Joanne Gerenser Ph.D Executive Director of the Eden II Autism Expert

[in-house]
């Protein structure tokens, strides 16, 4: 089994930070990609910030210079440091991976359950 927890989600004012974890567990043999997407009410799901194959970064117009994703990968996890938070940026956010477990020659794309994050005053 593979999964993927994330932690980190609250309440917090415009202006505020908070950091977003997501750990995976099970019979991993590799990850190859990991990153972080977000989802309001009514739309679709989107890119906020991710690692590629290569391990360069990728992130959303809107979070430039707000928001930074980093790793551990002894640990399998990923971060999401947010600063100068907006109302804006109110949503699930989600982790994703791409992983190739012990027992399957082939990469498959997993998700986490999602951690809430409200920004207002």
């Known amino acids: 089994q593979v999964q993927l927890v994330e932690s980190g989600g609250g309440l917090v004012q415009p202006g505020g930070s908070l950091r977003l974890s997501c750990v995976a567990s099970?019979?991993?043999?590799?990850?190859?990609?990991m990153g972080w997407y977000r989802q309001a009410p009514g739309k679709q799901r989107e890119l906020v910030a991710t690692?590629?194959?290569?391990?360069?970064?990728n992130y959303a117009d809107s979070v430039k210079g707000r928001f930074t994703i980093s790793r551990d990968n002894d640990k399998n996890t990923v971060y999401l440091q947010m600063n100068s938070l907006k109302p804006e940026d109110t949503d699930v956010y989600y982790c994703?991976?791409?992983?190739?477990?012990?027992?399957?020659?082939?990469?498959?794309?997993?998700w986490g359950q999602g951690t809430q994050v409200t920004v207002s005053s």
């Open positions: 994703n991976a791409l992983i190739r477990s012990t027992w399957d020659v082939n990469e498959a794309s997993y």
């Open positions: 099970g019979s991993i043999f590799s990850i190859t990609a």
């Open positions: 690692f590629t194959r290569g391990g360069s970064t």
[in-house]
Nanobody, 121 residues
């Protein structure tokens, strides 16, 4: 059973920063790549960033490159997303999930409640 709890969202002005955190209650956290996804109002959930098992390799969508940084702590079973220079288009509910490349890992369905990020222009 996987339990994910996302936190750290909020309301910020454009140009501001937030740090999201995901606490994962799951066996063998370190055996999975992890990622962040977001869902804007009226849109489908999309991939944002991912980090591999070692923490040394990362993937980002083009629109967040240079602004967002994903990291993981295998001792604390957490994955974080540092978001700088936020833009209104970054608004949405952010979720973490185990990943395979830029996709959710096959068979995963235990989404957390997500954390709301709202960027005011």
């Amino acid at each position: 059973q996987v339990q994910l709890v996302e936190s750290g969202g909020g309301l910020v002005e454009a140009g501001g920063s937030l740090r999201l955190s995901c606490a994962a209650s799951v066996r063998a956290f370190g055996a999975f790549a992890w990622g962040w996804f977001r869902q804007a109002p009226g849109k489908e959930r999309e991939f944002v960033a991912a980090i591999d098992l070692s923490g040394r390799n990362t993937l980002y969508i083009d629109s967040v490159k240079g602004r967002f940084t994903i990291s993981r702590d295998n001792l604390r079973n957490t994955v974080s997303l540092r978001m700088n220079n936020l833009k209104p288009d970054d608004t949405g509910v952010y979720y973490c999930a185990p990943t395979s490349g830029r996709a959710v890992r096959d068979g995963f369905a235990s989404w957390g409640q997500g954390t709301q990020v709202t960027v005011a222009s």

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Male1: I went back to some of the charts in my practice, going back 25—I have practicing over 30 years, and I believe, I do not look that old, but we saw kids who just said that they were tired. They did not function. They did not speak. They even had some repetitive gyrations so we did not call them autistic. So the question in my head is what bothers me the most. A severely retarded child with a very low IQ, is what those kids will be labeled—autistic today or can we say, they are autistic. How do you differentiate it, is there any way? Female: Clearly, the kids that have severe or profound mental retardation and have autism, there is no reason why they cannot co-exist. In fact they do co-exist. Male: Because the reason I say that—I would like to add another criteria potential. The kid has no potential of communicating. No potential of functioning verbally. I do not know what I want to call that. I think we should call it 1A, 1B because when we talk about the word autism, there are studies that say, we found autistic rates are increased because a father over 40 has a greater risk, what are they talking about—a little smidget of a speck—a severely retarded kid that is labeled autistic because he has the things that I have mentioned. That bothers me because how do you make progress if you do not label what Female: Well, I think that first of all, I have never met a child that does not have some potential ever. Regardless of their functioning level, you just have to change the vision of what potential it is in some cases, but I think that the really important question here is if you have a profoundly retarded child who has autism, the way I would intervene to get to whatever potential that child has will be different that if I had a child who was profoundly retarded without autism and I know that sounds very ambiguous because how do you explain— Male1: We appreciate what you are saying, I understand that. That bothers me because when I hear autistic rates going up, have we taken kids from one category that we can normally do 25 or 30 years ago and put them in here so that the rates may not be increasing, we just add more to the definition if there is really an increasing rate of autism. Because I would like to know what the real labels are. Female: Well, I think the epidemiological studies as well as the people who are really looking at that would say that there is no one reason why the rates are going up. The rates are going up. Male: That is a little bit of it. Female: Well, clearly, we are better at diagnosing, so people are better at identifying cancer today quicker because we are identifying people who have autism that 20 years ago probably would have been called mentally retarded or called speech language impaired or called emotionally disturbed and today, they are being called as having an autism spectrum disorder. That is part of it. The second part of it is we broadened our classification system, so prior to 1994, we did have Asperger’s disorder in our classification system. So all of those kids, those kids— Male: Not that they did not exist, we just labeled it. Female: Clearly, it existed. I mean, if you read the literature they would argue that autism clearly does exist and since—absolutely. There are descriptions of children who would be defined as having autism. Male: There is some term, congenital schizophrenia, they are probably autistic, are they not? Female: Probably, I mean, remember in the 60s and 70s, it was believed that these children were psychiatrically impaired so a lot of the young adults, the people in my adult program who are in their 30s and 40s, when I go back to their records, they do not have a classification of autism or a diagnosis of autism. They were diagnosed as childhood schizophrenic.

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